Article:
Multiple flaws - all serious, exploitable and some already being actively exploited - came to light last week. Big names - including Cisco, Facebook, Intel and Microsoft - build the software and hardware at risk. And fixes for some of the flaws are not yet available. Is this cybersecurity's new normal?
To help security practitioners address their challenges, ISMG is hosting its Fraud & Breach Prevention Summit on May 21 at the Conrad Hotel in Bengaluru, which will offer expert insights on best practices. Among the speakers: Lt. Gen. (retired) Rajesh Pant, the national cybersecurity coordinator of India.
Facebook is warning users of its WhatsApp messaging app to update immediately to fix a flaw that is being used to remotely install Pegasus surveillance software from Israel's NSO Group. WhatsApp says a "select number" of targets were hit by the attacks, which it has blamed on "an advanced cyber actor."
Attackers exploiting a buffer overflow in WhatsApp's signaling software to automatically infect devices with malware - without users even having to answer their phone - and then alter call logs to hide attack traces is "a bit of a nightmare scenario," says cybersecurity expert Alan Woodward.
The Reserve Bank of India is proposing that financial technology firms be allowed to test new products and services that might require the relaxation of certain compliance regulations in what's called a "regulatory sandbox" approach.
Google is facing questions from Congress about Sensorvault, its database that stores the geolocation data of millions of Android users, which has sometimes been shared with police as part of criminal investigations.
The latest edition of the ISMG Security Report features an update on a congressional report that slams Equifax for lacking a strong cybersecurity culture. Also featured: A new study on the status of women in the cybersecurity industry and the use of Android phones as security keys.
Google's latest security feature enables the use of Android phones as a security key, eliminating the need for a separate token or hardware device. The free feature is potentially more appealing that Google's Titan security keys, which cost $50.
Ex-black hat Alissa Knight recently joined Aite Group's new cybersecurity practice, and among her first tasks: a hard look at the security of major financial institutions' mobile banking apps. The results may surprise you.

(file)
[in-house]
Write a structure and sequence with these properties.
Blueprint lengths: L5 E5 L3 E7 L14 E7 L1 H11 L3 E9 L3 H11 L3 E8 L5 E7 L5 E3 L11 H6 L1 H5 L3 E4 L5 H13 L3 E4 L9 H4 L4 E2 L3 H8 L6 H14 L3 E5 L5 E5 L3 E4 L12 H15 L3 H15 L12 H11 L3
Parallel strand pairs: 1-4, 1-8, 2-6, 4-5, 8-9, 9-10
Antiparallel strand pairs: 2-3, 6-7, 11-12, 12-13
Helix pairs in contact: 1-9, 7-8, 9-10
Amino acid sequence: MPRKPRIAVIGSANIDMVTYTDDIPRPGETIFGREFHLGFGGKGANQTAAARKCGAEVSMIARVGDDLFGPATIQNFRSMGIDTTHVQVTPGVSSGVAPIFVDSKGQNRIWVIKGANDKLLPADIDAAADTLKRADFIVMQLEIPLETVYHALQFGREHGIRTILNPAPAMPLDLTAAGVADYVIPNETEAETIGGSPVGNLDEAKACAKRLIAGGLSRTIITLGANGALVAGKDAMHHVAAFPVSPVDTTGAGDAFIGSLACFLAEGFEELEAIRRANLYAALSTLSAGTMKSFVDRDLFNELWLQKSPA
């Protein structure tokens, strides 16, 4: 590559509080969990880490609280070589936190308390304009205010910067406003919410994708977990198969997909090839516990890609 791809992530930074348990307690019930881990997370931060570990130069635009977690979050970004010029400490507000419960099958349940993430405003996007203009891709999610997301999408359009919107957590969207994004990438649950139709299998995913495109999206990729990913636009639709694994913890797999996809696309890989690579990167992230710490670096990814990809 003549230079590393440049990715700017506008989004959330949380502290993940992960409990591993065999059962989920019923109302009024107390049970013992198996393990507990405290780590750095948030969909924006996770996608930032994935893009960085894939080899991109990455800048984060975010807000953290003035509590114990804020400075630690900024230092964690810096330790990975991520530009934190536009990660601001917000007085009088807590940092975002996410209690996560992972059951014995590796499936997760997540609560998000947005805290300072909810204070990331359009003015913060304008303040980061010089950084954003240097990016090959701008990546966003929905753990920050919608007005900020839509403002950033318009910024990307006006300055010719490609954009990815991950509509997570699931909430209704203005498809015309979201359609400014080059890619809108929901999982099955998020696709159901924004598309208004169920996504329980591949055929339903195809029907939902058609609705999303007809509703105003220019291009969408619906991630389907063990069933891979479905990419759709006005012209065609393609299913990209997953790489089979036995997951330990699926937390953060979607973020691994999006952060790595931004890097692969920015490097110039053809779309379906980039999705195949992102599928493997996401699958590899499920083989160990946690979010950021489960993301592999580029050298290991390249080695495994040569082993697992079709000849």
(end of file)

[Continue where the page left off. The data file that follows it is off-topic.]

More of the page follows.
An "Asian female" has been arrested for attempting to access President Donald Trump's Mar-a-Lago club while he was staying there, claiming she wanted to use the pool. Prosecutors say the apparent Chinese national was carrying a USB thumb drive containing "malicious software" - and had no swimsuit.
Smartphone security is paramount for certain scenarios, but software based encryption has been shown to be insufficient. Mike Fong, founder and CEO of Privoro, demonstrates a hardware based solution to smartphone encryption
As the new director of mobile security strategy for Google, Eugene Liderman is focused on redefining the strategy and dispelling old security myths. He outlines the approach in this exclusive interview.
More than half of 250 anti-virus applications available in Google's Play Store offer insufficient protection against malicious software, according to a new study by testing firm AV Comparatives. One clear takeaway for all Android anti-virus users: Select products carefully.
Today's workforce is increasingly working remotely and relying on a variety of devices and cloud services to accomplish their jobs. Organizations must support but also secure this push, or they risk driving employees to adopt shadow IT, warns Jon Oberheide of Duo Security.